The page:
Est. 2016 101 [3] −1.0%
U.S. Decennial Census[20]

2010 census[edit]

As of the census[2] of 2010, there were 102 people, 39 households, and 30 families residing in the village. The population density was 784.6 inhabitants per square mile (302.9/km2). There were 47 housing units at an average density of 361.5 per square mile (139.6/km2). The racial makeup of the village was 99.02% White and 0.98% from other races. Hispanic or Latino of any race were 1.96% of the population.

There were 39 households of which 33.3% had children under the age of 18 living with them, 74.4% were married couples living together, 2.6% had a male householder with no wife present, and 23.1% were non-families. 23.1% of all households were made up of individuals and 2.6% had someone living alone who was 65 years of age or older. The average household size was 2.62 and the average family size was 3.07.

The median age in the village was 36.7 years. 26.5% of residents were under the age of 18; 2.8% were between the ages of 18 and 24; 31.3% were from 25 to 44; 26.5% were from 45 to 64; and 12.7% were 65 years of age or older. The gender makeup of the village was 50.0% male and 50.0% female.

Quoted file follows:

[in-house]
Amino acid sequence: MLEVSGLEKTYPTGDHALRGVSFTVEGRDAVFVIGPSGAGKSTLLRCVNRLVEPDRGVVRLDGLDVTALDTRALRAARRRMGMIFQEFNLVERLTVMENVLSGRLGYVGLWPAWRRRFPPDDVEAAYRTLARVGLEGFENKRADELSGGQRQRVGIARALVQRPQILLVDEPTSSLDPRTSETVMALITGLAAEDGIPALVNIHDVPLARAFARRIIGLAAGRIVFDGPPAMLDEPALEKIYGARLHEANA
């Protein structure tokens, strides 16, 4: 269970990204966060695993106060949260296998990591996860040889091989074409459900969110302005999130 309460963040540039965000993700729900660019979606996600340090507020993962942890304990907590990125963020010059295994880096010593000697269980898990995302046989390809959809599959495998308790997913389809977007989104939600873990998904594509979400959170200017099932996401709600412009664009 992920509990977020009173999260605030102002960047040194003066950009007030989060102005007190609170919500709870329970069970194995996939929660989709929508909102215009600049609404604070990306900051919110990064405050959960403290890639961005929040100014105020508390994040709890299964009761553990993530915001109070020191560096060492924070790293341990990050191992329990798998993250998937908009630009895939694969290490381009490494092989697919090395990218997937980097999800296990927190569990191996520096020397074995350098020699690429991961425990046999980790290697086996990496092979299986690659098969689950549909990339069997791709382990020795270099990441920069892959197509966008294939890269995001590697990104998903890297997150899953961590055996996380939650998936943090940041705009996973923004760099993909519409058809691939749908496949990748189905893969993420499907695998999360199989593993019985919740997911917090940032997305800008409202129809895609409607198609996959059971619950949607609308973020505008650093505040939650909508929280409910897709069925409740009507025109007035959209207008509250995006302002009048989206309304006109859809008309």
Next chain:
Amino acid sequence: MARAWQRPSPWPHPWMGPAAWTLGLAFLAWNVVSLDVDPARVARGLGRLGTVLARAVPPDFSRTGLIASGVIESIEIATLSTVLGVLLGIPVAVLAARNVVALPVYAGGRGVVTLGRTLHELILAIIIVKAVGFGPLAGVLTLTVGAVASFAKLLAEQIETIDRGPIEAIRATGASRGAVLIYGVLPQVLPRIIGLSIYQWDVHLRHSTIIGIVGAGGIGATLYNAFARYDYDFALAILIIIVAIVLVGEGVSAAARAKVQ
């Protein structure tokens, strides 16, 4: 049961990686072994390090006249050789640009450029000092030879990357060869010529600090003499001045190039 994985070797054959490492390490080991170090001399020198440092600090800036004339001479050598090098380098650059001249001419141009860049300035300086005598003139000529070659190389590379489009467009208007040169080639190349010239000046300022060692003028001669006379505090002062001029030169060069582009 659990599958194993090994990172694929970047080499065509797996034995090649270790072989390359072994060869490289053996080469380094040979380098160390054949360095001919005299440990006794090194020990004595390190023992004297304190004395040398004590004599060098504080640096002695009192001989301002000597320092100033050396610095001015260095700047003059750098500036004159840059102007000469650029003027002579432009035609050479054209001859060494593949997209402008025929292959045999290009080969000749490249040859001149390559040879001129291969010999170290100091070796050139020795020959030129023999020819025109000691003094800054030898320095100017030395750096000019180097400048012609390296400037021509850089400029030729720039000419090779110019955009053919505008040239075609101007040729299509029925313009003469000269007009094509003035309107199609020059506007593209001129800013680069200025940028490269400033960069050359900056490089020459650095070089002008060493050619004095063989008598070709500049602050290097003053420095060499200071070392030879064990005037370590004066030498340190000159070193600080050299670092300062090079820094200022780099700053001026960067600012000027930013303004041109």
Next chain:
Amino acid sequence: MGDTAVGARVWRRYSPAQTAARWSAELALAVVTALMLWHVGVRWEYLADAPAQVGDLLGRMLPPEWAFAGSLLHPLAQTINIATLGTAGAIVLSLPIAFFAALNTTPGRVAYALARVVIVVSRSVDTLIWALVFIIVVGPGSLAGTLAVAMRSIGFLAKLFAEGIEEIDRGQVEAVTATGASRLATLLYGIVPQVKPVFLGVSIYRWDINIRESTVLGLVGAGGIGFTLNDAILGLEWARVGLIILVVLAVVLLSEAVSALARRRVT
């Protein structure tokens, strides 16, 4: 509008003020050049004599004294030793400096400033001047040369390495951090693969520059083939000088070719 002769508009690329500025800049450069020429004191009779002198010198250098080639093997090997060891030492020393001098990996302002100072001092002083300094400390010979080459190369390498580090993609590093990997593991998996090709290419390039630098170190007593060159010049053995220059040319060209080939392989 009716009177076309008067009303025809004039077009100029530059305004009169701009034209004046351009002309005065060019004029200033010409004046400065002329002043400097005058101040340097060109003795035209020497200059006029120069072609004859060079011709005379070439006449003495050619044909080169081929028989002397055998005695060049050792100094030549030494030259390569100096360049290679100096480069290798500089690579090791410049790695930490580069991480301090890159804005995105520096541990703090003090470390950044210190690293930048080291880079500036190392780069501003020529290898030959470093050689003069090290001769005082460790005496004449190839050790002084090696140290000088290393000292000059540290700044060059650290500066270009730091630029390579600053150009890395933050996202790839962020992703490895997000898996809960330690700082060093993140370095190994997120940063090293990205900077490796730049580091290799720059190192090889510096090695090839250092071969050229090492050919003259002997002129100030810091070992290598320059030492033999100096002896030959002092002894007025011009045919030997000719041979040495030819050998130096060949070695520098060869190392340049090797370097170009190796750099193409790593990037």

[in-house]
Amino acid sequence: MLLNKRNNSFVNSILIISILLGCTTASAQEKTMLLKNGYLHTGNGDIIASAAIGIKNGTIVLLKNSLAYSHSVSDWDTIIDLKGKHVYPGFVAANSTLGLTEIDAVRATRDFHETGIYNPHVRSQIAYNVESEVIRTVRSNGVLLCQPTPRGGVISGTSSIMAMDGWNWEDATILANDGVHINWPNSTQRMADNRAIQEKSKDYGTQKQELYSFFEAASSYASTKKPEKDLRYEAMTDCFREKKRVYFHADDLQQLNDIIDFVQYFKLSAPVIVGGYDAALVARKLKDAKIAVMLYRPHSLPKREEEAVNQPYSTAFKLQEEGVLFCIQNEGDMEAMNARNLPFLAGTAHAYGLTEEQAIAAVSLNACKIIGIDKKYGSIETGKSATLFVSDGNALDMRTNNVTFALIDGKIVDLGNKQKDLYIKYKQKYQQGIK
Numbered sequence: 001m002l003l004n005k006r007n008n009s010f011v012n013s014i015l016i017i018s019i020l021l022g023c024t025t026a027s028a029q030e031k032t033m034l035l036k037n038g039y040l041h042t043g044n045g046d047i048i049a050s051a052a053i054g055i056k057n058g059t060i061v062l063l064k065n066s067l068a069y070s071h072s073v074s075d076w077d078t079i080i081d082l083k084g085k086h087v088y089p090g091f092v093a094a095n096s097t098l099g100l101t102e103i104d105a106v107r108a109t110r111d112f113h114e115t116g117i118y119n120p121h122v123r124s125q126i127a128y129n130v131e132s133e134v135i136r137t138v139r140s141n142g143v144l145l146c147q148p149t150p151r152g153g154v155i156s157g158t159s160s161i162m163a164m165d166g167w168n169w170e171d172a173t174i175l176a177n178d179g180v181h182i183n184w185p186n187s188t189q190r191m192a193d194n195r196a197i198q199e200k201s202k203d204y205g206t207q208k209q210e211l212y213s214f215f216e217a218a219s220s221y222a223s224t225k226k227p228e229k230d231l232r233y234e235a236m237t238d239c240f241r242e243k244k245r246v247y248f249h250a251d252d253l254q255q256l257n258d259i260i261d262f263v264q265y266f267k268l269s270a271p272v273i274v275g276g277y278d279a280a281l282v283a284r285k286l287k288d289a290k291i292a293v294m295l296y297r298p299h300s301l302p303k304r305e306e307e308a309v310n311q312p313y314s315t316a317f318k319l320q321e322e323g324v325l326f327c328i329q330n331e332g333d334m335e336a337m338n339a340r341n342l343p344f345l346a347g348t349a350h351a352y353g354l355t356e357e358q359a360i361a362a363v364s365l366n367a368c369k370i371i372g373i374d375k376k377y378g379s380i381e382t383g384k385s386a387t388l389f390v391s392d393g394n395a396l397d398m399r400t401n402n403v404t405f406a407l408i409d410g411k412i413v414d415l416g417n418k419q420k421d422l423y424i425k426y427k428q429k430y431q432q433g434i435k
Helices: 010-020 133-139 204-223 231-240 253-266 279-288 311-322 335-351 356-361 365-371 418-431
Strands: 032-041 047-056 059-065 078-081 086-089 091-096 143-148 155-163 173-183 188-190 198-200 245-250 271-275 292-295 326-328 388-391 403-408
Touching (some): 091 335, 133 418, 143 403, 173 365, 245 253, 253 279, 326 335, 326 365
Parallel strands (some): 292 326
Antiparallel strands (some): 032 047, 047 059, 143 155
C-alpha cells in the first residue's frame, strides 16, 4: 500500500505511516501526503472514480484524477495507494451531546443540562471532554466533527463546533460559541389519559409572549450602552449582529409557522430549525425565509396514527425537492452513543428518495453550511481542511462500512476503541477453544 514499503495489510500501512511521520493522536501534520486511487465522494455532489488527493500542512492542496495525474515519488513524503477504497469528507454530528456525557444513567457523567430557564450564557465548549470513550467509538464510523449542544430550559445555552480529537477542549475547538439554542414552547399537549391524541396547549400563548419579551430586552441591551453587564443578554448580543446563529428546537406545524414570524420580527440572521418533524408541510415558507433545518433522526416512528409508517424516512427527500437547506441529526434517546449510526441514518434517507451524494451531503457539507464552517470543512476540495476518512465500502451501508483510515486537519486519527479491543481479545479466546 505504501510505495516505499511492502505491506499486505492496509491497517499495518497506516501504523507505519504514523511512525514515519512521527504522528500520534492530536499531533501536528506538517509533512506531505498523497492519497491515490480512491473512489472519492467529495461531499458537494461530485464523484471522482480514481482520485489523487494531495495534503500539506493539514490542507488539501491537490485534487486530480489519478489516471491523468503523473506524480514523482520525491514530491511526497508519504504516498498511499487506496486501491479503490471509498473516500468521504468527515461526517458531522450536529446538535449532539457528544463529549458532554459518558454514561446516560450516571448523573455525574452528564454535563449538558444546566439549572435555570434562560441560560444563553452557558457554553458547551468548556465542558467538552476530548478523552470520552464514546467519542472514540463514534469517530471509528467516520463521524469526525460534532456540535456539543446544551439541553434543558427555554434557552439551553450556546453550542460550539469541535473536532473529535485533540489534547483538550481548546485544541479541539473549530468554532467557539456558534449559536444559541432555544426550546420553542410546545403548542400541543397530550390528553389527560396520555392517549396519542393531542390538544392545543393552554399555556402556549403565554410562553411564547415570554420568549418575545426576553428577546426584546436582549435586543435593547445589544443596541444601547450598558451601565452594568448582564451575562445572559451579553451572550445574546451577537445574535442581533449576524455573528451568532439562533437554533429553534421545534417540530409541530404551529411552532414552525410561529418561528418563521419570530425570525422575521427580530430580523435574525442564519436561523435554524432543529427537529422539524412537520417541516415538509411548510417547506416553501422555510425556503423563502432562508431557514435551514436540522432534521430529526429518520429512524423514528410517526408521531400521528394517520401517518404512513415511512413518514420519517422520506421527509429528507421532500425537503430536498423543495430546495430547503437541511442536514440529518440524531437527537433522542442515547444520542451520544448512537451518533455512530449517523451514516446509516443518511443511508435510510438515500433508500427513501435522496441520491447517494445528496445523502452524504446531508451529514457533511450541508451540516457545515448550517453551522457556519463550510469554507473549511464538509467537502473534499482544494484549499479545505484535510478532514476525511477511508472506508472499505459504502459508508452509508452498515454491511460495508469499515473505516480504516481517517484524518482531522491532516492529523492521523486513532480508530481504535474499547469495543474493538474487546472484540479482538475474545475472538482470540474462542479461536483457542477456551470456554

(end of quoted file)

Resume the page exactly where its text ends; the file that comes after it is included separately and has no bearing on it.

2000 census[edit]

As of the census[4] of 2000, there were 76 people, 31 households, and 23 families residing in the town. The population density was 595.4 people per square mile (225.7/km²). There were 41 housing units at an average density of 321.2 per square mile (121.8/km²). The racial makeup of the town was 98.68% White, 1.32% from other races. Hispanic or Latino of any race were 1.32% of the population.